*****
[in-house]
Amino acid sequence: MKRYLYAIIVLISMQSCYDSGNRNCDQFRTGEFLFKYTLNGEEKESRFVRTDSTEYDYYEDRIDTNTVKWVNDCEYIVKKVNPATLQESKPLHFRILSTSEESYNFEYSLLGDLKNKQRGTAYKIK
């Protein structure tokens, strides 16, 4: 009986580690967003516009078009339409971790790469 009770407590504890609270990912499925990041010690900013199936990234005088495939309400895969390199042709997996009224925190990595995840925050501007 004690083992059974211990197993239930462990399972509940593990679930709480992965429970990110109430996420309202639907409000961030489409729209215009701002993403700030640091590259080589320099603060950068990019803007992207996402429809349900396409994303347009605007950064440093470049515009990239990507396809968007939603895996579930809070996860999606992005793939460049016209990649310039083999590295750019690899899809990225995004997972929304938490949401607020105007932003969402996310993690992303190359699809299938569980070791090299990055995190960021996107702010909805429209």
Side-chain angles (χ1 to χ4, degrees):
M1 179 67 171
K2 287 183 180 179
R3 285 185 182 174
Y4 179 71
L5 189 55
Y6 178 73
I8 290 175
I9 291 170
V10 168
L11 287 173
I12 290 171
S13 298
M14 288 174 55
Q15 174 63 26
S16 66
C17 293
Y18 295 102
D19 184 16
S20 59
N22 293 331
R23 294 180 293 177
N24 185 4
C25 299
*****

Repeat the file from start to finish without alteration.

[in-house]
Amino acid sequence: MKRYLYAIIVLISMQSCYDSGNRNCDQFRTGEFLFKYTLNGEEKESRFVRTDSTEYDYYEDRIDTNTVKWVNDCEYIVKKVNPATLQESKPLHFRILSTSEESYNFEYSLLGDLKNKQRGTAYKIK
């Protein structure tokens, strides 16, 4: 009986580690967003516009078009339409971790790469 009770407590504890609270990912499925990041010690900013199936990234005088495939309400895969390199042709997996009224925190990595995840925050501007 004690083992059974211990197993239930462990399972509940593990679930709480992965429970990110109430996420309202639907409000961030489409729209215009701002993403700030640091590259080589320099603060950068990019803007992207996402429809349900396409994303347009605007950064440093470049515009990239990507396809968007939603895996579930809070996860999606992005793939460049016209990649310039083999590295750019690899899809990225995004997972929304938490949401607020105007932003969402996310993690992303190359699809299938569980070791090299990055995190960021996107702010909805429209």
Side-chain angles (χ1 to χ4, degrees):
M1 179 67 171
K2 287 183 180 179
R3 285 185 182 174
Y4 179 71
L5 189 55
Y6 178 73
I8 290 175
I9 291 170
V10 168
L11 287 173
I12 290 171
S13 298
M14 288 174 55
Q15 174 63 26
S16 66
C17 293
Y18 295 102
D19 184 16
S20 59
N22 293 331
R23 294 180 293 177
N24 185 4
C25 299